Scanlon, Boyle, Hughes, Kearney Lead Effort to Convert PA Distilleries into Hand Sanitizer Production Facilities

EAST LANSDOWNE, PA — Representatives Mary Gay Scanlon and Brendan Boyle, and State Senators Vincent Hughes and Tim Kearney, announced today that they have successfully broken down the regulatory barriers preventing over 130 small craft distilleries in Pennsylvania from producing needed medical supplies such as hand sanitizer which has all but disappeared from local shelves in recent weeks.

The federal and state lawmakers have worked in tandem with Rob Cassell, a Philadelphia based distillery owner and operator, to coordinate efforts statewide. Scanlon, Boyle, Hughes, and Kearney worked together to:

  1. Remove regulatory restrictions from the Food and Drug Administration and the Department of the Treasury preventing this transition
  2. Secure start-up capital to convert these facilities and supply the necessary ingredients and packaging

“In the absence of leadership from the White House to coordinate production of critical supplies to fight the pandemic, local business owners and officials have been stepping up to fill the gaps,” Congresswoman Scanlon said. “We were able to work together to cut the red tape for these folks on the ground who want to do their part to help stem the tide of this unprecedented public health crisis. Mr. Cassell’s energy and leadership on this project has been nothing short of inspiring. He represents the very best of who we are as Americans — coming up with creative solutions and getting things done to help our community.”

“This COVID-19 crisis demands the quick disabling of barriers at all governmental levels that currently stand in the way of assisting the American people,”Congressman Boyle said. “By acting quickly and decisively, and in a bipartisan way on both the Federal and State level, we will help ‘flatten the curve’ of the Coronavirus. It is encouraging to see the speed and efficiency with which this outcome was achieved through tandem efforts from the public and private spheres. I applaud Mr. Cassell for providing his vision and leadership in the private business arena to make this effort successful and I thank the Pennsylvania State Senate members who joined the effort and made this a priority.”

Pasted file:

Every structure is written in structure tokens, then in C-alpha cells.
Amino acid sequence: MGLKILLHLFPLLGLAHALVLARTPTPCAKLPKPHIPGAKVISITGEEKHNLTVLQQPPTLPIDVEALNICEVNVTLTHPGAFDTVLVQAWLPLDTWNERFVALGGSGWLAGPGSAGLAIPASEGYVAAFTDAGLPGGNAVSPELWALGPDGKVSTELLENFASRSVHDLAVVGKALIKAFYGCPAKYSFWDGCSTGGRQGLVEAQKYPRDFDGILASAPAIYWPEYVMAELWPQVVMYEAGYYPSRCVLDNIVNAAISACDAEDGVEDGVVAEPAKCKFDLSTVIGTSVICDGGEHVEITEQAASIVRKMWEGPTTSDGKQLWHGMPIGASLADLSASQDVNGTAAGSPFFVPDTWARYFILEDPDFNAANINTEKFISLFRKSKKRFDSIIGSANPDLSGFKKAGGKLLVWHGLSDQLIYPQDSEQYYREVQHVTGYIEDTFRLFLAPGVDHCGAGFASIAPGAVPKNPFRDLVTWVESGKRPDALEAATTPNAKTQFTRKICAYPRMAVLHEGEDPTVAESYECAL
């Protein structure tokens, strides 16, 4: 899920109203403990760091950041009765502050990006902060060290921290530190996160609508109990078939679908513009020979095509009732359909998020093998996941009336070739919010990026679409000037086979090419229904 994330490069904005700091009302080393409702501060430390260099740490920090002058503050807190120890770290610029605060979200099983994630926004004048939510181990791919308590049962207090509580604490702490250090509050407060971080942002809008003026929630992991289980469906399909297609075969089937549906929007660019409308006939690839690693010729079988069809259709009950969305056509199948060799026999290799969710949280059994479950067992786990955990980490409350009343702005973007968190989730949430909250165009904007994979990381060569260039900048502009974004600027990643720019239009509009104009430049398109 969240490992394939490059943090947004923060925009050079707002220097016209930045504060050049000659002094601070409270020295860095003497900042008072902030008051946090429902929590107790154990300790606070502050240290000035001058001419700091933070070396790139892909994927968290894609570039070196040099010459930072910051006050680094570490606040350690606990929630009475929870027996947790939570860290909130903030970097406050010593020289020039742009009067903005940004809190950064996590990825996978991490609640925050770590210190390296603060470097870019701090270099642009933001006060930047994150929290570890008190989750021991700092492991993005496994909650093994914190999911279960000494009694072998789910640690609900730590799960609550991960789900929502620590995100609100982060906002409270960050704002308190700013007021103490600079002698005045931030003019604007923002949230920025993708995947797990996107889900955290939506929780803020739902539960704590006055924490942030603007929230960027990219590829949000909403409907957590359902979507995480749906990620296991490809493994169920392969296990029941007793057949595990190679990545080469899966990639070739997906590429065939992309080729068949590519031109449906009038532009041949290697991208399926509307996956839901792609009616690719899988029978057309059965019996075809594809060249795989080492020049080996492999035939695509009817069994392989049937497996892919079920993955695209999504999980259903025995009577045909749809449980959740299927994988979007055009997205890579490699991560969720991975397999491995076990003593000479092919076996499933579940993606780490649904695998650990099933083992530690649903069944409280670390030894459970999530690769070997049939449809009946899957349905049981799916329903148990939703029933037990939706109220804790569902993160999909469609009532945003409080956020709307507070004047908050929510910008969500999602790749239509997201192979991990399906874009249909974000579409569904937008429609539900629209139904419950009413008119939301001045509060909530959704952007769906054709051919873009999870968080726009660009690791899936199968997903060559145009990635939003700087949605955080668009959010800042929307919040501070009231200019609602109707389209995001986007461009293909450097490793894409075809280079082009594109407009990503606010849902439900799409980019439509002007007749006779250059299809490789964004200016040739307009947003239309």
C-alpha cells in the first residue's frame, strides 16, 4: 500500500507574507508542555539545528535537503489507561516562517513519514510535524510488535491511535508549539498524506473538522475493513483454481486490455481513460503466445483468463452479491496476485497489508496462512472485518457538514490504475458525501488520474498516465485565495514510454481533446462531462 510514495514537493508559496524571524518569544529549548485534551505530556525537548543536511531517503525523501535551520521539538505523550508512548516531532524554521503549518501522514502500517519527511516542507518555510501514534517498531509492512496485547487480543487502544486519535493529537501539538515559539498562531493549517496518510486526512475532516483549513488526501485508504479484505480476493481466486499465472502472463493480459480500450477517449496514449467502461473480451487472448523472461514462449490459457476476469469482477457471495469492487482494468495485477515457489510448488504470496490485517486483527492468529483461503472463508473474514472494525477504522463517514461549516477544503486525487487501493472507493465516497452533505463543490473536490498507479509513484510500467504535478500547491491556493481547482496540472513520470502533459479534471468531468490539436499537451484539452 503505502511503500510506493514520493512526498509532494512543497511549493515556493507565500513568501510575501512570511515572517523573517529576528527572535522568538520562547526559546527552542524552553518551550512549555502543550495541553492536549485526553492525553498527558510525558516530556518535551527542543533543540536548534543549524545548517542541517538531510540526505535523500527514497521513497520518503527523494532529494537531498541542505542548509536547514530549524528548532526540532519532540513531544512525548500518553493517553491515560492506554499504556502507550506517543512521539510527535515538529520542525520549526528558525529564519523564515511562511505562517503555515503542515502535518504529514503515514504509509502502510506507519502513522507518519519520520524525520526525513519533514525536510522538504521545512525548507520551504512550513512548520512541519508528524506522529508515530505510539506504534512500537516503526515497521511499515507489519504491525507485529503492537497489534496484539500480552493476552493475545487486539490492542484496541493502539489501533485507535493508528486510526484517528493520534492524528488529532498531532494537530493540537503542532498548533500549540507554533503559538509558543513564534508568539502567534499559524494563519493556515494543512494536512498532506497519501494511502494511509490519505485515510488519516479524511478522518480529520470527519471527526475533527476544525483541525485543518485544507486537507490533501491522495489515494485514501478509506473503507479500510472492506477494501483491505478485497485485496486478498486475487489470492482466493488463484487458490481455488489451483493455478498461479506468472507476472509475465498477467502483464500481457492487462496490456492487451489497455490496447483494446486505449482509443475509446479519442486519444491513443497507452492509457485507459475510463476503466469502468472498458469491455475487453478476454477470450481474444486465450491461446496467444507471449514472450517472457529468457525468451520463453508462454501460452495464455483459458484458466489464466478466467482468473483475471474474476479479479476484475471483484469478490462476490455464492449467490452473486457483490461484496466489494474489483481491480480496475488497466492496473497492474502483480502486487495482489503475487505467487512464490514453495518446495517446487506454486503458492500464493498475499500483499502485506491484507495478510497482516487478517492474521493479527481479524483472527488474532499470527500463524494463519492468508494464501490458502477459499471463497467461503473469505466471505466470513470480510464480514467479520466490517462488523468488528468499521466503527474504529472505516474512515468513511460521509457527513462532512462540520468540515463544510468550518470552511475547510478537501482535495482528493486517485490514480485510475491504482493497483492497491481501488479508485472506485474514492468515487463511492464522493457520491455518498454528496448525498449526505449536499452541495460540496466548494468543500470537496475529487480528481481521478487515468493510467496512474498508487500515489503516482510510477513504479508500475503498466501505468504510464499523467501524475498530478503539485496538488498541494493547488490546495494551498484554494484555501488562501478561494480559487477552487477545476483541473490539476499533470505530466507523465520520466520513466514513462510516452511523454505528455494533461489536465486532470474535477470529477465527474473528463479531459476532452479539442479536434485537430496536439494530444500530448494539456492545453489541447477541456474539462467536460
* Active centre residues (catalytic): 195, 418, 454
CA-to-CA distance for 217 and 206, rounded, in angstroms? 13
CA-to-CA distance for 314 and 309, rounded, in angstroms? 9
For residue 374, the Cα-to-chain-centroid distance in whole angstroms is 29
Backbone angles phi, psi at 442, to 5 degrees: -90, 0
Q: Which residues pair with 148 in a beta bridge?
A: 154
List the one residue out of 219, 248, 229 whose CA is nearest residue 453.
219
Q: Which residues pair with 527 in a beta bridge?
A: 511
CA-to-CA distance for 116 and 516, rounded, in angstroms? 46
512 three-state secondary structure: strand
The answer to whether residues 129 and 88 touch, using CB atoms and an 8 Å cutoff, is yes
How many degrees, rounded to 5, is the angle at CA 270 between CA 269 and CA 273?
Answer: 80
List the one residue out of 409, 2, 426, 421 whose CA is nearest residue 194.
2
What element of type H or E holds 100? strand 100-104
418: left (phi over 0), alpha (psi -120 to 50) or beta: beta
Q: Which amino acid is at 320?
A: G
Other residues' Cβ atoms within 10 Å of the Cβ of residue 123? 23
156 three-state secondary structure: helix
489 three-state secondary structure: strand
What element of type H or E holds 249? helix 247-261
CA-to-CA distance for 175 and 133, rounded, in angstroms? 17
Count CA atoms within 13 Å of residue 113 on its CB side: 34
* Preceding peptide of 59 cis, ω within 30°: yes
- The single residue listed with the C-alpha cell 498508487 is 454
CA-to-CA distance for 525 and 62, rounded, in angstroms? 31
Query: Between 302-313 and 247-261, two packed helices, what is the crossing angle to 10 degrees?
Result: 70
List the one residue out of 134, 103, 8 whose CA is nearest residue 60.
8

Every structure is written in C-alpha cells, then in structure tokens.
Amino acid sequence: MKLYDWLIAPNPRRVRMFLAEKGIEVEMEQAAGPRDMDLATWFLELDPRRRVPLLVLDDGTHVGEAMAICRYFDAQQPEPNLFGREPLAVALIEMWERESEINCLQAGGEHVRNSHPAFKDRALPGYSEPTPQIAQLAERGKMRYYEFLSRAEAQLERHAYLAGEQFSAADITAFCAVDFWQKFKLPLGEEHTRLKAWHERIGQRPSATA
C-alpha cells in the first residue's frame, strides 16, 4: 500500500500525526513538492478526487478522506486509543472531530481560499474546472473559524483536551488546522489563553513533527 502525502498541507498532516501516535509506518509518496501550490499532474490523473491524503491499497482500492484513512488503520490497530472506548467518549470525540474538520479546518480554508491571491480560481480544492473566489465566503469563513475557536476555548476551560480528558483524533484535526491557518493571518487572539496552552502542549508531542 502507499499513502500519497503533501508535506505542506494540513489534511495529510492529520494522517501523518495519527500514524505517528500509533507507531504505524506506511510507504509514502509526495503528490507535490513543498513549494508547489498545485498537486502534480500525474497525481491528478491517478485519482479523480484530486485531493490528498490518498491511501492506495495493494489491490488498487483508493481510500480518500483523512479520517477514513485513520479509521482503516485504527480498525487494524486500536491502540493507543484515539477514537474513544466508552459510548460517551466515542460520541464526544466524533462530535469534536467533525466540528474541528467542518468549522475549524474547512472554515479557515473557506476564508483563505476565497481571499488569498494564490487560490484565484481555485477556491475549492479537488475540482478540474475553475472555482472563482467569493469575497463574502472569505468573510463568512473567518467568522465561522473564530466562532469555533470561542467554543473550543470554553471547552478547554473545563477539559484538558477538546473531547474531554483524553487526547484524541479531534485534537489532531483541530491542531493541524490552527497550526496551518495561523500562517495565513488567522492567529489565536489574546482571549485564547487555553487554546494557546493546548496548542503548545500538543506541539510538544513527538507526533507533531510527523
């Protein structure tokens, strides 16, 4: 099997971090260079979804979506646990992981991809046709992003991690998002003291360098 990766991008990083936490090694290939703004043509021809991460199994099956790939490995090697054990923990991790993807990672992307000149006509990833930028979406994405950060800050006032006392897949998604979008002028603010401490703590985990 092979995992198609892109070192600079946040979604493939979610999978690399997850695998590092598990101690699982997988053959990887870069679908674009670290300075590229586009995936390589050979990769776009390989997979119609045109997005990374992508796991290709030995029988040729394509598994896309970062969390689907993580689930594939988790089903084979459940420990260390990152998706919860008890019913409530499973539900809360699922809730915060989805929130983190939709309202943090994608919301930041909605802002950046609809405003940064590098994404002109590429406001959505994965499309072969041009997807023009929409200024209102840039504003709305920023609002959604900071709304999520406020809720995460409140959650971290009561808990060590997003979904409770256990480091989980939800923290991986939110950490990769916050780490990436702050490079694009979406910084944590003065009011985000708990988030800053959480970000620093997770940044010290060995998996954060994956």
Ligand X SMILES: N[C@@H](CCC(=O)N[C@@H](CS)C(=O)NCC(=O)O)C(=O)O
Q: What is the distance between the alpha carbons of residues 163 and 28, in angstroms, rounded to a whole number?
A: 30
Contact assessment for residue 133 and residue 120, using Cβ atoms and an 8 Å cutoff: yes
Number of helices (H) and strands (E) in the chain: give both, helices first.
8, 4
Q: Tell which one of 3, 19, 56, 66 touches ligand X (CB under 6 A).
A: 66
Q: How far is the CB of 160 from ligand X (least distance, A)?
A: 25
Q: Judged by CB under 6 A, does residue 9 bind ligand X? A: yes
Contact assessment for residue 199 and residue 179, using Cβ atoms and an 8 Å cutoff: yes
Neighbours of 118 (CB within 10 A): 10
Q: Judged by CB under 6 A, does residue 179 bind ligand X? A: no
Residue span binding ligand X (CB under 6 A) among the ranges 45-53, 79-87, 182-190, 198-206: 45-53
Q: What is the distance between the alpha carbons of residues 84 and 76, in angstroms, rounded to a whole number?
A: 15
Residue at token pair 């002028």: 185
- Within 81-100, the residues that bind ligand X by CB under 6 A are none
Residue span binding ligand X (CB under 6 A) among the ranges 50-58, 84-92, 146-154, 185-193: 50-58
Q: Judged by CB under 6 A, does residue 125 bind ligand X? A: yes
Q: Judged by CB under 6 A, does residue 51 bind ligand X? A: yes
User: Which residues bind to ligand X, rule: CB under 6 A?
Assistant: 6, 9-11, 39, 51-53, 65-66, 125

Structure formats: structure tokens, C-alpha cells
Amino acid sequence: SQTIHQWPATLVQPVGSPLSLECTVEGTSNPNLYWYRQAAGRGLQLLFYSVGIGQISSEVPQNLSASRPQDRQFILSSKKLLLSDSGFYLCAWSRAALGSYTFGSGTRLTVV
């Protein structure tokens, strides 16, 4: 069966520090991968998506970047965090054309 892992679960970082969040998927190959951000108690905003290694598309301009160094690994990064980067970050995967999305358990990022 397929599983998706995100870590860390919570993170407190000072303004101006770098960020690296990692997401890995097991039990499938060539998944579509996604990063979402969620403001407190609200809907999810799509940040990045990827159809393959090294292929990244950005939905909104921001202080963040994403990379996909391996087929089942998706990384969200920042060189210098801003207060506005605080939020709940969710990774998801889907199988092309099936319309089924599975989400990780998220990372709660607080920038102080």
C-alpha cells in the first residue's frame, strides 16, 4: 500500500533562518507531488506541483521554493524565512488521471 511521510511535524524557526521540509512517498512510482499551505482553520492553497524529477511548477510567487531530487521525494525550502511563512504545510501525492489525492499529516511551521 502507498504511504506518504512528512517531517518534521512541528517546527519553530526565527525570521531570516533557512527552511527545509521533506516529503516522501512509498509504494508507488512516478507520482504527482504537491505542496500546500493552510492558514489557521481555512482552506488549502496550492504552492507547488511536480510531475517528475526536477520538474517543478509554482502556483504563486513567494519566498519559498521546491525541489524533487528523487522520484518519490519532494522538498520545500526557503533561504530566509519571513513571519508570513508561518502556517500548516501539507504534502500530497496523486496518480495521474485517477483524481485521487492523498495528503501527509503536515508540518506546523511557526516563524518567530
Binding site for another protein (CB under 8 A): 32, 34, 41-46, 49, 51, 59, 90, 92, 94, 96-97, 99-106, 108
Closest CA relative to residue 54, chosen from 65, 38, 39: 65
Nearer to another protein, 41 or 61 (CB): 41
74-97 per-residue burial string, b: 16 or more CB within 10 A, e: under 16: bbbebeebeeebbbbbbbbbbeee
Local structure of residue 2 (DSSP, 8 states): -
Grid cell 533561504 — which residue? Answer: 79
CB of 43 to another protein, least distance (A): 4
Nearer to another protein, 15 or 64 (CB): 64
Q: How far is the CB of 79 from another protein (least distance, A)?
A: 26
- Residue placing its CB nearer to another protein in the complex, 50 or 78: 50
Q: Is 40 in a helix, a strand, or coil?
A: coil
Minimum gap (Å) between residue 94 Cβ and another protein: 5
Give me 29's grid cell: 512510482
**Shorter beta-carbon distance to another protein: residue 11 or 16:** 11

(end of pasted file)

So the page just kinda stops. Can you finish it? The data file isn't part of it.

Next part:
“When I learned of the proposal Rob and others had, my team and I immediately began contacting our network for assistance. We are grateful for the folks who have stepped up to make this partnership possible at a moment’s notice,” Senator Hughes said. “This exemplifies the best of us as Pennsylvanians. We have leaders, businesses and investors working together to keep businesses open and employees working, all to produce products to help keep our people safe. This partnership is a great testament to the power of working collectively to solve a major problem for the benefit of all of our communities. There will be more opportunities to replicate this level of commitment. We hope others follow this important example.”

“In times of crisis, we rediscover the creativity and resilience that make us who we are,” Senator Kearney said. “Thanks to the partnership we forged between the public and private sectors, we can unleash the innovation and ingenuity of Pennsylvania’s vibrant distilling industry. Now more than ever, we must come together to turn our challenges into opportunities.”

Initial start-up capital for this project was secured through the generosity of private investors, including: David Adelman, CEO of Campus Apartments and Darco Capital, LP; Osagie Imasogie, Senior Managing Partner, PIPV Capital; and Todd Strine, CFO and Owner of Keystone Quality Transport.

“We are faced with an unbelievable health challenge in Pennsylvania and we must do our part to support our communities and first responders during a time of great need,” Cassell said. “I am grateful to Representatives Scanlon and Boyle for their leadership on the federal level and to Senators Hughes and Kearney for coordinating efforts to secure the start-up capital needed to get this project off the ground.”

Mr. Cassell said today that the first sample could be available as early as Friday.

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